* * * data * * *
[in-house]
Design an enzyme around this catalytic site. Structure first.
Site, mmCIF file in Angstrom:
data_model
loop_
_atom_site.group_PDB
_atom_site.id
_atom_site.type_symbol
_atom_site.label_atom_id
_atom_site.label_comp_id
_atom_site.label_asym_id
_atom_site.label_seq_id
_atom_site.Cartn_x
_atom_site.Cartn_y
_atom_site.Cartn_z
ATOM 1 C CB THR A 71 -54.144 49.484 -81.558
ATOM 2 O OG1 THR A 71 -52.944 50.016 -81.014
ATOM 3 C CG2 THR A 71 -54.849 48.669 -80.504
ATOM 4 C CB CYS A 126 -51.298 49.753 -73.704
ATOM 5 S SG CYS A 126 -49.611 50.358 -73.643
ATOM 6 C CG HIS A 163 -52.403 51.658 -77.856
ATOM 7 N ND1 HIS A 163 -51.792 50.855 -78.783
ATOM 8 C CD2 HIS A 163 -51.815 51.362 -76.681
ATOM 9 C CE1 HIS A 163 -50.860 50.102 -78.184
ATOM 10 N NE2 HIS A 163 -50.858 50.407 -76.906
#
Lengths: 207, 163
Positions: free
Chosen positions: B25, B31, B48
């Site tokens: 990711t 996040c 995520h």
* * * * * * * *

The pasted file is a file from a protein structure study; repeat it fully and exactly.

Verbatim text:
[in-house]
Design an enzyme around this catalytic site. Structure first.
Site, mmCIF file in Angstrom:
data_model
loop_
_atom_site.group_PDB
_atom_site.id
_atom_site.type_symbol
_atom_site.label_atom_id
_atom_site.label_comp_id
_atom_site.label_asym_id
_atom_site.label_seq_id
_atom_site.Cartn_x
_atom_site.Cartn_y
_atom_site.Cartn_z
ATOM 1 C CB THR A 71 -54.144 49.484 -81.558
ATOM 2 O OG1 THR A 71 -52.944 50.016 -81.014
ATOM 3 C CG2 THR A 71 -54.849 48.669 -80.504
ATOM 4 C CB CYS A 126 -51.298 49.753 -73.704
ATOM 5 S SG CYS A 126 -49.611 50.358 -73.643
ATOM 6 C CG HIS A 163 -52.403 51.658 -77.856
ATOM 7 N ND1 HIS A 163 -51.792 50.855 -78.783
ATOM 8 C CD2 HIS A 163 -51.815 51.362 -76.681
ATOM 9 C CE1 HIS A 163 -50.860 50.102 -78.184
ATOM 10 N NE2 HIS A 163 -50.858 50.407 -76.906
#
Lengths: 207, 163
Positions: free
Chosen positions: B25, B31, B48
């Site tokens: 990711t 996040c 995520h």